The Talking Cure | Features | Creative Loafing Charlotte
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The Talking Cure 

Secret confessions in French drama

French director Patrice Leconte's previous film, Man On the Train, was about an unlikely, serendipitous relationship between two opposites. French pop icon Johnny Hallyday played a career criminal and Jean Rochefort an excitement-starved aristocrat whose paths crossed in a provincial village. Leconte suggested that friendships could develop despite the unlikeliest conditions, as both men tried on the other's reality for a while.

The macho revisionism of two different men wondering what life would have been like in a different skin gave Man on the Train a metaphysical kick, but Intimate Strangers, Leconte's latest, has some of its emotional force diluted by a conventional "will they or won't they" romance.

Anna (Sandrine Bonnaire) skitters into tax lawyer William's (Fabrice Luchini) office like a spider. With her preference for layers of sweaters, long skirts and other psychological bundling, she is the picture of anxious, furtive gloominess.

The French apparently often work out of home offices and fail to identify their front doors. And so Anna mistakes William for her new psychotherapist down the hall. She plops into his chair, appraises his nondescript office and begins to dump her myriad emotional and sexual baggage in his lap. It's the kind of pretext that could ignite some Sandra Bullock or Kate Hudson comedic drivel. But as usual, Leconte uses that initial misunderstanding for a deft, thoughtful -- and droll -- analysis of an improbable friendship.

Reluctant to cleave his relationship with this fascinatingly distraught, emotionally forthcoming lady, William tries to continue the ruse a little longer. But even after the jig is up, Anna keeps coming back. William may not be a psychotherapist, but he has the disposition of one. He's like a kind of fantasy man who is content to do nothing but listen and empathize.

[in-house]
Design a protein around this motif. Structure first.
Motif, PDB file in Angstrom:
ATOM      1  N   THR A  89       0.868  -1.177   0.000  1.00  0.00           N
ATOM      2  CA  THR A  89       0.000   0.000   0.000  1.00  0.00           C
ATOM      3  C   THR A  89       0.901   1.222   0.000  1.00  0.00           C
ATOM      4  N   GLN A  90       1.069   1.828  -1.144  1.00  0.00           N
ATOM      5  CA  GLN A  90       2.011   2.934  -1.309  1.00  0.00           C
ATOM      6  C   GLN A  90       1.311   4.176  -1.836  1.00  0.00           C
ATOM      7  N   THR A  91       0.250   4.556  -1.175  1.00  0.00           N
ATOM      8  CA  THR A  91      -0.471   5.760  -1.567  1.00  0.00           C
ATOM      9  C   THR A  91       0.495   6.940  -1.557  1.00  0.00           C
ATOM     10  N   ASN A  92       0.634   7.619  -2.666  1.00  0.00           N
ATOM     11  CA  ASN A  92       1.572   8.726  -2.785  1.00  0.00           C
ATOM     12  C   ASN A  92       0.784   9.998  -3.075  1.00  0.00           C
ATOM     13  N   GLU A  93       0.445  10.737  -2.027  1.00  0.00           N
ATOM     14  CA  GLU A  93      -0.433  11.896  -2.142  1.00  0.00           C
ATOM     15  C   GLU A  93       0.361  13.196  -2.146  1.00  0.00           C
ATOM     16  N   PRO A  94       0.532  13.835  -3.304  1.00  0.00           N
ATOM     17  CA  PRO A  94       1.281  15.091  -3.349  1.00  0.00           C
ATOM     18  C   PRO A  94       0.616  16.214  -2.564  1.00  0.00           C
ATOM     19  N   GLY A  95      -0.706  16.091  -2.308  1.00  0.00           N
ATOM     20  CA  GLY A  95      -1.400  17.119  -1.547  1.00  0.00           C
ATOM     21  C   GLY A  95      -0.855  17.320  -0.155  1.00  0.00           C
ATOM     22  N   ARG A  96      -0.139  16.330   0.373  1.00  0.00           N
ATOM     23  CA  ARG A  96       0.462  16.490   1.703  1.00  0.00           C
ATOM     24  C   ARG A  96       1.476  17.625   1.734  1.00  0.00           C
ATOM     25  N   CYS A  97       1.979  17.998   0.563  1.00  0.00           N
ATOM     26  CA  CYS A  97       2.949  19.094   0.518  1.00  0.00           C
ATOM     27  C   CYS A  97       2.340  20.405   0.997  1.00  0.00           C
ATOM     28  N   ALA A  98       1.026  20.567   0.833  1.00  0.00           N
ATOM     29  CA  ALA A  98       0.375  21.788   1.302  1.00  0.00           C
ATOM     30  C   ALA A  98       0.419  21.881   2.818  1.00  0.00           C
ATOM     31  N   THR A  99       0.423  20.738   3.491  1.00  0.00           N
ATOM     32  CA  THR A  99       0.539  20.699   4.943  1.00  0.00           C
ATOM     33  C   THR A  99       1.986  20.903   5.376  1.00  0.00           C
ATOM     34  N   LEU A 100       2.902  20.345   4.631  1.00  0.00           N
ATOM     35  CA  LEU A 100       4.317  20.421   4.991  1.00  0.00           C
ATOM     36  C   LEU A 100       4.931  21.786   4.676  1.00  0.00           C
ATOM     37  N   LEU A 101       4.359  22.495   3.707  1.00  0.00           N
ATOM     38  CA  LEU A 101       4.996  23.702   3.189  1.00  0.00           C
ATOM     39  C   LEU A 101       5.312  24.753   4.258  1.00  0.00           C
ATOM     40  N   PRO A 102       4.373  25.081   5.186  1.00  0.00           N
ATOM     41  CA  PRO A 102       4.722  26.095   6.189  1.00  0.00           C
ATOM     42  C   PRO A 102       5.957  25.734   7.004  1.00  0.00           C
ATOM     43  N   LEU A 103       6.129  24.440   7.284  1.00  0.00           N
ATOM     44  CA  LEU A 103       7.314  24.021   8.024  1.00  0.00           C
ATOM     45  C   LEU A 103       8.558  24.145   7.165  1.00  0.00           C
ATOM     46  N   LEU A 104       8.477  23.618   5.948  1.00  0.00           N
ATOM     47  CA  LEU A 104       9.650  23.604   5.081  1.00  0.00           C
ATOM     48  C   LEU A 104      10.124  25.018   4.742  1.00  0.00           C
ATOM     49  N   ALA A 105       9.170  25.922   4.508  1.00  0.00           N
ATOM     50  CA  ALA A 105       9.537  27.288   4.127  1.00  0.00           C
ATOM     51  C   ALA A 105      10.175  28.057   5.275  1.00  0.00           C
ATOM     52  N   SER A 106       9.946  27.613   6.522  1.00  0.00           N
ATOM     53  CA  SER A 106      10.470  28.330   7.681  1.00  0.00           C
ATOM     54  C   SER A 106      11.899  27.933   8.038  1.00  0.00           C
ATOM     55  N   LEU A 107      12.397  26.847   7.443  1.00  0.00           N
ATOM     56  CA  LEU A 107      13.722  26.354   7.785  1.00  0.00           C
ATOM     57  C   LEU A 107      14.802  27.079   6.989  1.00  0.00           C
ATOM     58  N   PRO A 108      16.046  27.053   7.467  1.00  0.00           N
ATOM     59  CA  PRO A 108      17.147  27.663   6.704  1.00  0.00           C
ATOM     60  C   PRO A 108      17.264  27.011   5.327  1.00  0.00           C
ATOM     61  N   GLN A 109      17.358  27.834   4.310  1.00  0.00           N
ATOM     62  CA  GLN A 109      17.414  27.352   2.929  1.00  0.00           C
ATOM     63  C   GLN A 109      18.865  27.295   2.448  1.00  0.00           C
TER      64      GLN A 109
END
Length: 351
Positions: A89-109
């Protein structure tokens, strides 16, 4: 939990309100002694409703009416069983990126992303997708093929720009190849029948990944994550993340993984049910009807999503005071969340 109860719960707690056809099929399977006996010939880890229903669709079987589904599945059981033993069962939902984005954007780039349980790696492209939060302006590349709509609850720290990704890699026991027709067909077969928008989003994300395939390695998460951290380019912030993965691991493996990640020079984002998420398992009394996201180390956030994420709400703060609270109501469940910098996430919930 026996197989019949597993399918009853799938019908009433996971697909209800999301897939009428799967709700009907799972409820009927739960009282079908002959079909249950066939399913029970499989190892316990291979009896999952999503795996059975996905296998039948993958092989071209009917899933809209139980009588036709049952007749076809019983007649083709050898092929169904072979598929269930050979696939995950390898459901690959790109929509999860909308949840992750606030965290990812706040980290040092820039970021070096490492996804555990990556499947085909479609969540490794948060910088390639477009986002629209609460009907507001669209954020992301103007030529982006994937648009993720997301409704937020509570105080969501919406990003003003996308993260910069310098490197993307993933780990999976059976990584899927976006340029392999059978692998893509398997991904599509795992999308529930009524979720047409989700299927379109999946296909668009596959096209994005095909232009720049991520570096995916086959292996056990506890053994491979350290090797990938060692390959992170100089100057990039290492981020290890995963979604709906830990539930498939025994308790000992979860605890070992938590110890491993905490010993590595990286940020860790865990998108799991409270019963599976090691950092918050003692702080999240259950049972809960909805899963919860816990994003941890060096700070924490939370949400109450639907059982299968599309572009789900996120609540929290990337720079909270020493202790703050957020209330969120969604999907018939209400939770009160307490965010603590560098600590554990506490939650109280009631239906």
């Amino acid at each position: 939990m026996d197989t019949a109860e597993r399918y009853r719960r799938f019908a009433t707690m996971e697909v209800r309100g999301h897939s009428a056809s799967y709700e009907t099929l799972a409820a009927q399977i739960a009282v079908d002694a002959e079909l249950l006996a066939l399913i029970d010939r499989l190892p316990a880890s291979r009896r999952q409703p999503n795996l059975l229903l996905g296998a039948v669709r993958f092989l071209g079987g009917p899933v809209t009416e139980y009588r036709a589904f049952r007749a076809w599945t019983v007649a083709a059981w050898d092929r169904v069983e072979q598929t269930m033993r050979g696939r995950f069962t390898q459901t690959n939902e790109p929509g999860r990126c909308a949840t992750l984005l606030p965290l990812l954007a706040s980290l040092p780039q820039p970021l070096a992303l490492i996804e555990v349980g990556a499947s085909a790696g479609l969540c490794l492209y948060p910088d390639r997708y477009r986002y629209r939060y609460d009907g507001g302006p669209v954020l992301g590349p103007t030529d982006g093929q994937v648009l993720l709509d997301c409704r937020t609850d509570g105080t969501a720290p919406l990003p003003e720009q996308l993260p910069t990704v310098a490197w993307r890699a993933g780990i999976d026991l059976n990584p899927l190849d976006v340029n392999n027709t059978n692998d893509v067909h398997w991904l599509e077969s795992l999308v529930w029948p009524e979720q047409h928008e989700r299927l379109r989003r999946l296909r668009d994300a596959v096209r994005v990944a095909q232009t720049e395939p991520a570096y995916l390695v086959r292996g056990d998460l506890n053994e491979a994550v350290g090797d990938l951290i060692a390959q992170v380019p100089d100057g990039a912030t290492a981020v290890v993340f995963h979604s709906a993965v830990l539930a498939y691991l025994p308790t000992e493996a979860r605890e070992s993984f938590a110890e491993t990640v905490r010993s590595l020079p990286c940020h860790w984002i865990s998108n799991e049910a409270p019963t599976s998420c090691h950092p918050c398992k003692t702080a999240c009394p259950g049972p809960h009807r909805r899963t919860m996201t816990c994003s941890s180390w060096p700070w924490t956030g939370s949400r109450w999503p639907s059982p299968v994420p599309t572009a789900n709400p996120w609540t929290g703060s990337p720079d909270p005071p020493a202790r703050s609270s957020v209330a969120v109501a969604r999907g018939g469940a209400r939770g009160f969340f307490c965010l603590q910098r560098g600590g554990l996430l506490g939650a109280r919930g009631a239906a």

As the quack therapy sessions continue, William begins to consult the actual psychotherapist down the hall, as well as his ex-girlfriend, for guidance in how to handle his increasingly neurotic patient. Both therapists and tax lawyers get into the nitty-gritty of their client's private lives, but the psychoanalyst lays some wisdom on William: Tax lawyers can solve problems, psychoanalysts recognize their limits.

William is the poster child for reserved decorum, a man with a perfectly organized desk and a fetish for fastidious business suits and neckties. But Leconte is always interested in the mismatch between exterior and interior. From his collection of tin toys (one of which he unearths from its box with such rapt delight it almost breaks your heart) to his confession to Anna that he once longed to be an explorer, William's reality is just something he has settled into, not the sum total of his being.

William's multilayered repression is far more sexy and intriguing in both Leconte and Luchini's hands than the alternative: the SUV-driving overgrown jock his former girlfriend is dating. "It's enormous!" William shrieks in Freudian double-entendre, upon first glimpse of the super-man's super-car. Nerdy without the fidgety self-awareness of the geeks played by Woody Allen, William gives a nobility to nerd-dom, suggesting that sometimes the superior coping mechanism is to listen, wait and ponder rather than spring into action.

William is ultimately more interesting than the escalating romantic dynamic between him and Anna, whose layers of bag lady woolens are traded for flirty dresses and cleavage-baring T-shirts. As an effort at maximizing the intrigue, Leconte uses some Bernard Herrmann-style music to suggest a build to thriller payoff, though that build is largely a ruse. The film's first half, with its promise of deep mysteries cracked wide open, never materializes in its less satisfying second half. Instead, the biggest thrill in Intimate Strangers is mild-mannered, romantically tortured William. In an upending of just about every contemporary reality TV assumption, it is William's tightly wound repression that proves far more fascinating than any of Anna's gut-spilling confessions.

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